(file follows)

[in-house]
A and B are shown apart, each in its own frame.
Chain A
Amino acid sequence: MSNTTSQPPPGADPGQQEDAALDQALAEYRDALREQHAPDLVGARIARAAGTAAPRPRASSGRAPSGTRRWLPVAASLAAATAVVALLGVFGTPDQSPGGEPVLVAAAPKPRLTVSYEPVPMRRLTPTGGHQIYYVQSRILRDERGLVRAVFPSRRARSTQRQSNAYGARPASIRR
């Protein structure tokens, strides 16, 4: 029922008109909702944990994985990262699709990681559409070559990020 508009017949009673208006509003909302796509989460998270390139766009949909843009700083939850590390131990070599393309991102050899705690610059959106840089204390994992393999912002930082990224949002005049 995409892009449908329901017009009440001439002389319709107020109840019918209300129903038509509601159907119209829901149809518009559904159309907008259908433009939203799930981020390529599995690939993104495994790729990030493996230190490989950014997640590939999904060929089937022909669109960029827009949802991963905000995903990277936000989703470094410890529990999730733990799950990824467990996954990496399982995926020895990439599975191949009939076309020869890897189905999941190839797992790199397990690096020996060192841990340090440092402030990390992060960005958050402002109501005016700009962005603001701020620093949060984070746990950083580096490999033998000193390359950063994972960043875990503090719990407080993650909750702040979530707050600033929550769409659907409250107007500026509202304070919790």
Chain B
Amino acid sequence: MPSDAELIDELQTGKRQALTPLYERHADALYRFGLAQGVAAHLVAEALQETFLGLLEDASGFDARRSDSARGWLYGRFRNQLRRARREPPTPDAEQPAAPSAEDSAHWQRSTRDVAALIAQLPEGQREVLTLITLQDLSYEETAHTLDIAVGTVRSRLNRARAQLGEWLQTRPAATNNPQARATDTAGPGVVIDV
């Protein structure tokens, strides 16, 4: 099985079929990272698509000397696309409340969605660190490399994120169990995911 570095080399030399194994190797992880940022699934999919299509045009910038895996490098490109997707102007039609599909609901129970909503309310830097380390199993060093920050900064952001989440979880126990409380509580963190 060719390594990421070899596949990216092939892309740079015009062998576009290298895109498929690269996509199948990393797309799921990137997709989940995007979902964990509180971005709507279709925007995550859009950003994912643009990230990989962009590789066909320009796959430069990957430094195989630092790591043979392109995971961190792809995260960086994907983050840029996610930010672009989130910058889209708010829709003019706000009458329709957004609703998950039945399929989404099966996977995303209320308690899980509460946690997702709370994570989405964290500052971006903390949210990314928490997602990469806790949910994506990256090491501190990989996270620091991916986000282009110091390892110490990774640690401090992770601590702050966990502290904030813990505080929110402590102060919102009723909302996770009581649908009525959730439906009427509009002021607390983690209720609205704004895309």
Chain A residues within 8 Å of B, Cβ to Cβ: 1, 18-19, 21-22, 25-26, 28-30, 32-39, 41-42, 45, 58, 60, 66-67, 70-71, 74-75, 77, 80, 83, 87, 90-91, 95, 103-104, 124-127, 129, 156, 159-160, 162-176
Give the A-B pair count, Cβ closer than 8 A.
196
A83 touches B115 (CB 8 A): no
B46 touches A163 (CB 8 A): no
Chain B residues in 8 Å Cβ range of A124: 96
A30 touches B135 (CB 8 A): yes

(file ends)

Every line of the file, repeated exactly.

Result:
[in-house]
A and B are shown apart, each in its own frame.
Chain A
Amino acid sequence: MSNTTSQPPPGADPGQQEDAALDQALAEYRDALREQHAPDLVGARIARAAGTAAPRPRASSGRAPSGTRRWLPVAASLAAATAVVALLGVFGTPDQSPGGEPVLVAAAPKPRLTVSYEPVPMRRLTPTGGHQIYYVQSRILRDERGLVRAVFPSRRARSTQRQSNAYGARPASIRR
């Protein structure tokens, strides 16, 4: 029922008109909702944990994985990262699709990681559409070559990020 508009017949009673208006509003909302796509989460998270390139766009949909843009700083939850590390131990070599393309991102050899705690610059959106840089204390994992393999912002930082990224949002005049 995409892009449908329901017009009440001439002389319709107020109840019918209300129903038509509601159907119209829901149809518009559904159309907008259908433009939203799930981020390529599995690939993104495994790729990030493996230190490989950014997640590939999904060929089937022909669109960029827009949802991963905000995903990277936000989703470094410890529990999730733990799950990824467990996954990496399982995926020895990439599975191949009939076309020869890897189905999941190839797992790199397990690096020996060192841990340090440092402030990390992060960005958050402002109501005016700009962005603001701020620093949060984070746990950083580096490999033998000193390359950063994972960043875990503090719990407080993650909750702040979530707050600033929550769409659907409250107007500026509202304070919790």
Chain B
Amino acid sequence: MPSDAELIDELQTGKRQALTPLYERHADALYRFGLAQGVAAHLVAEALQETFLGLLEDASGFDARRSDSARGWLYGRFRNQLRRARREPPTPDAEQPAAPSAEDSAHWQRSTRDVAALIAQLPEGQREVLTLITLQDLSYEETAHTLDIAVGTVRSRLNRARAQLGEWLQTRPAATNNPQARATDTAGPGVVIDV
């Protein structure tokens, strides 16, 4: 099985079929990272698509000397696309409340969605660190490399994120169990995911 570095080399030399194994190797992880940022699934999919299509045009910038895996490098490109997707102007039609599909609901129970909503309310830097380390199993060093920050900064952001989440979880126990409380509580963190 060719390594990421070899596949990216092939892309740079015009062998576009290298895109498929690269996509199948990393797309799921990137997709989940995007979902964990509180971005709507279709925007995550859009950003994912643009990230990989962009590789066909320009796959430069990957430094195989630092790591043979392109995971961190792809995260960086994907983050840029996610930010672009989130910058889209708010829709003019706000009458329709957004609703998950039945399929989404099966996977995303209320308690899980509460946690997702709370994570989405964290500052971006903390949210990314928490997602990469806790949910994506990256090491501190990989996270620091991916986000282009110091390892110490990774640690401090992770601590702050966990502290904030813990505080929110402590102060919102009723909302996770009581649908009525959730439906009427509009002021607390983690209720609205704004895309």
Chain A residues within 8 Å of B, Cβ to Cβ: 1, 18-19, 21-22, 25-26, 28-30, 32-39, 41-42, 45, 58, 60, 66-67, 70-71, 74-75, 77, 80, 83, 87, 90-91, 95, 103-104, 124-127, 129, 156, 159-160, 162-176
Give the A-B pair count, Cβ closer than 8 A.
196
A83 touches B115 (CB 8 A): no
B46 touches A163 (CB 8 A): no
Chain B residues in 8 Å Cβ range of A124: 96
A30 touches B135 (CB 8 A): yes